Paul Ortiz De Montellano, PhD
|School||UCSF School of Pharmacy|
|Address||600 16th Street|
San Francisco CA 94158
|Massachusetts Institute of Technology||B.S.||Chemistry||1964|
|Harvard University||M.A., Ph.D.||Chemistry||1968|
|Eidgenossische Technische Hochschule, Zurich||Postdoc||Chemistry||1969|
||1968||NIH Graduate Fellowship|
||1969||NATO Postdoctoral Fellow|
||1992||Alfred P. Sloan Research Fellow|
|UCSF School of Pharmacy||1985||Joseph M. Long Foundation Prize for Excellence in Teaching|
|UCSF||1988||Academic Senate Award for Distinction in Teaching|
|UCSF||1990||125 Most Outstanding People|
|1990||International Society for Neutron Capture Therapy Award for Excellence in Research|
|1988||Elected Fellow, American Association for the Advancement of Scie|
||1999||MERIT Grant Award, National Institutes of Health|
|Université René Descartes, Paris, France||1993
|1994||Bernard B. Brodie Award in Drug Metabolism, American Society for Pharmacology and Experimental Thera|
|UCSF School of Pharmacy||2006
||2013||Dean’s Recognition for Excellence in Teaching|
|2003||Ingelheim Boehringer Lecture Award, Division of Chemical Toxicology, 226th American Chemical Society|
|2006||Volwiler Research Achievement Award, American Association of Colleges of Pharmacy|
|2007||RT Williams Distinguished Scientific Achievement Award, International Society for the Study of Xenob|
|UCSF||2009||Champion of Diversity Award|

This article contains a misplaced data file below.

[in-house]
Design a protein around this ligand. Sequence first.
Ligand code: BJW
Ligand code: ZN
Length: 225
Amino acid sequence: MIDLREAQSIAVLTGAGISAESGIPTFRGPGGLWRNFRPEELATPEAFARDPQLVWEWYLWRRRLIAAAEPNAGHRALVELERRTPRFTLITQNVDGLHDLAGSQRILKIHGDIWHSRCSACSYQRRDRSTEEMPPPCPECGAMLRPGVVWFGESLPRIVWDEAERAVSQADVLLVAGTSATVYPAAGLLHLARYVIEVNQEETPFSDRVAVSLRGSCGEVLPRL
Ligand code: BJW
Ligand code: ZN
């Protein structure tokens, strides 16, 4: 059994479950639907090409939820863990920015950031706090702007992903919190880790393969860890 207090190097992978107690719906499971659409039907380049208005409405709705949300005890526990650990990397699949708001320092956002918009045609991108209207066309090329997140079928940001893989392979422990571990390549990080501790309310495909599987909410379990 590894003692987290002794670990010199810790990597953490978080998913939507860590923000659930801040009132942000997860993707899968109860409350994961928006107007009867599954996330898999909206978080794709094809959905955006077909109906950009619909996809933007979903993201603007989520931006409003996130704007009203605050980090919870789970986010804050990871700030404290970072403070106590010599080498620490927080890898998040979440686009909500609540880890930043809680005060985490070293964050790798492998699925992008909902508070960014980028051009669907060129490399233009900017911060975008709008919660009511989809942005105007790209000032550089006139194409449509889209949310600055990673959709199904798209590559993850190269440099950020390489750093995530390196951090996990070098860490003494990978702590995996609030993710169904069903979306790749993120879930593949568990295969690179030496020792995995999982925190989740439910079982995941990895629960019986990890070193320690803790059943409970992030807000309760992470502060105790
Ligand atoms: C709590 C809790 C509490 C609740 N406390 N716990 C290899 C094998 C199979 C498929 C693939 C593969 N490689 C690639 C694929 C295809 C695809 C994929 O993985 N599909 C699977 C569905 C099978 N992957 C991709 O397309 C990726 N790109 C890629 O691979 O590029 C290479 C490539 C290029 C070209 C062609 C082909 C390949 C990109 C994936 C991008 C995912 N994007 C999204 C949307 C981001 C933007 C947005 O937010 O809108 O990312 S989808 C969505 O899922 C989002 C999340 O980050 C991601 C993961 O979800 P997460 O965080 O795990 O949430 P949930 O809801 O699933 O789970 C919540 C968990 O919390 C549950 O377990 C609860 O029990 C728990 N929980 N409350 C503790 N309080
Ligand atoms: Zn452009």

Heme-containing proteins are critical for the function of essentially all life forms. In humans, they are involved in respiration, the synthesis of hormones and other vital molecules, the elimination of drugs, and various signaling pathways. My laboratory has investigated the structure, mechanism, biochemistry and role of heme proteins for many years. We have focused particularly on the human cytochrome P450, peroxidase, and heme oxygenase enzymes. Our contributions in this area include crystal structures of bacterial P450 enzymes and the human heme oxygenase, clarification of the mechanism of cytochrome P450 enzymes, the development of methods for the mechanism-based inactivation of P450 enzymes, and more recently studies of human cytochrome P450 enzymes that are selectively expressed in cancer cells and are potentially useful in the activation of anticancer drugs. We currently also work on two classes of heme proteins in Mycobacterium tuberculosis, the causative agent of tuberculosis: (a) the twenty cytochrome P450 enzymes, some of which potential targets for anti-tuberculosis drugs, and (b) the gas sensor that initiates the dormant, persistent stage of tuberculosis that is difficult to eradicate and which can be reactivated when the immune system is compromised.
The studies in my laboratory employ a diversity of techniques, including organic synthesis, molecular biology, enzymology, and multiple spectroscopic techniques. We frequently collaborate with laboratories that have complementary expertise in organic synthesis, X-ray crystallography, NMR, or resonance Raman spectroscopy.
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